Wyoming Farmers Turning To Robots To Ease Labor Shortages 

in News/Agriculture

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By Kevin Killough, energy reporter
Kevin@CowboyStateDaily.com

Automated ordering kiosks at restaurants and self-checkout lines at grocery stores are becoming commonplace. As labor shortages continue to be a problem across the board in the United States, some companies are turning to machines.

That includes farmers, who are looking to automation to do the work that people don’t want to do anymore.

The U.S. Bureau of Labor Statistics reports employment in agriculture will grow slower than average for other occupations at just 1% between 2019 and 2029. 

Working hard, manual labor for long hours outdoors doesn’t attract a lot of applicants these days. Fewer young people also are considering careers in agriculture, and immigration restrictions make it difficult for farmers to tap into immigrant labor to fill those jobs. 

Get This Party Started

Ben Sauder, vice president of agronomy for Frenchman Valley Coop, which has locations in Pine Bluffs, has been experimenting with automated farm machinery prototypes from Raven Industries Inc. The company’s OmniPower systems can be paired with existing machinery to create self-driving equipment. 

Last year, Raven provided Frenchman Valley with an OmniPower system that was paired with a spreader box, which is used to put crop nutrients on a field near Pine Bluffs. It was one of Wyoming’s first. 

The machine was operated with a tablet and a controller that looks like a deluxe version of a video game controller. The results were what one might expect with any emerging technology still in its infancy. 

“That was, for lack of a better term, to get the party started,” Sauder said. 

As a proof-of-concept test, several of the robots were distributed across the United States used for different applications. 

“We have the only one left,” Sauder said. 

Sauder said they had to work some bugs out, but once they did that, the system worked as it was intended to. 

The platform the system was mounted on didn’t fit row crops, which are crops planted in rows for machinery tailored to evenly spaced rows. So they took it to the Pine Bluffs location because it has wide open spaces on alfalfa fields, which are just fields of grass — or more precisely, legumes.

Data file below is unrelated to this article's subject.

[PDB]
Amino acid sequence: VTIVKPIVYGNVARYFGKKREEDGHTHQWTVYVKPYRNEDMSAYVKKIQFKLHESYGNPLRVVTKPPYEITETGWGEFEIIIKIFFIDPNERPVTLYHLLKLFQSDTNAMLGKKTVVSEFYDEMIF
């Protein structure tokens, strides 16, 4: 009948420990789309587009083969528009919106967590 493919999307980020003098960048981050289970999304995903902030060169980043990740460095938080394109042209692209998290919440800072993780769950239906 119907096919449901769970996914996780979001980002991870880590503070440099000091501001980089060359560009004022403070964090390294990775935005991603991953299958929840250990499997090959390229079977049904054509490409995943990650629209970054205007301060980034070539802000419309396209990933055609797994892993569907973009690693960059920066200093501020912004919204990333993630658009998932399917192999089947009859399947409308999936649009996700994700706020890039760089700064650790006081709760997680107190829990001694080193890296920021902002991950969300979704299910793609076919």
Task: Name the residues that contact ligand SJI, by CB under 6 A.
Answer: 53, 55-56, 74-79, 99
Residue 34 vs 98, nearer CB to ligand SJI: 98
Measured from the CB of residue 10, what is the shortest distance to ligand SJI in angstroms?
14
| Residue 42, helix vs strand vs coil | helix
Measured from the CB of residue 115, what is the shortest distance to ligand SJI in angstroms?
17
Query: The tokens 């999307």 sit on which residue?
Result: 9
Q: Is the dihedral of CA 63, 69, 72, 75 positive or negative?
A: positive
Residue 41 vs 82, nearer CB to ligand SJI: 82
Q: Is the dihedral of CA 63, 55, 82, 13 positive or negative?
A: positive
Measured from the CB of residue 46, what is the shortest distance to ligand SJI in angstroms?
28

Sauder said Frenchman Valley uses it mainly as an educational tool to get high-schoolers interested in agronomy and agriculture. 



One Less Driver

While fully automated machines have a way to go before they’re in commercial production, other agriculture technologies are cutting down labor, even if they still need a driver. 

Ric Rodriguez, owner of Rodriguez Farms Inc., grows barley and beets on Heart Mountain near Powell. 

In a conventional sugar beet harvest, a rotor beater cuts off the head of the beet and a beet loader pulls the vegetable from the ground. A couple years ago, Rodriguez invested in a sugar beet harvester from German-based Ropa that does both jobs. 

“We harvest beats all in one pass. It cleans the tops and pulls them and loads them and everything. Pretty interesting machine,” Rodriguez said. 

It reduces a two-person job to one.

Robot Bo Peep

Companies are continuing to innovate toward complete automation that will allow more food to be produced with fewer workers. 

Tech companies and university research departments are working on concept robots that inspect crops, herd sheep and pull weeds. A few tech startups in California are developing robots that can pick apples. In most cases, the designs are too expensive to be cost effective for the farm, but as with all technologies, the price will come down over time. 

At the January Consumer Electronic Show in Las Vegas, Nevada, John Deere unveiled a fully automated tractor. According to John Deere sales materials, the driverless tractor has six pairs of cameras that allow it to avoid obstacles and, along with GPS, stay on course. It operates within less than an inch of accuracy. The farmer sets the tractor for autonomous operation with a mobile phone, from which can the tractor’s movements can be monitored along with any problems that arise in the course of its tasks. 

“It’s great. It’s the future,” Sauder said. 

At the same time, Sauder said, growers are expected to perform the same type of work with fewer and fewer people. The farming community powered by driverless machinery could look very different in the future. 

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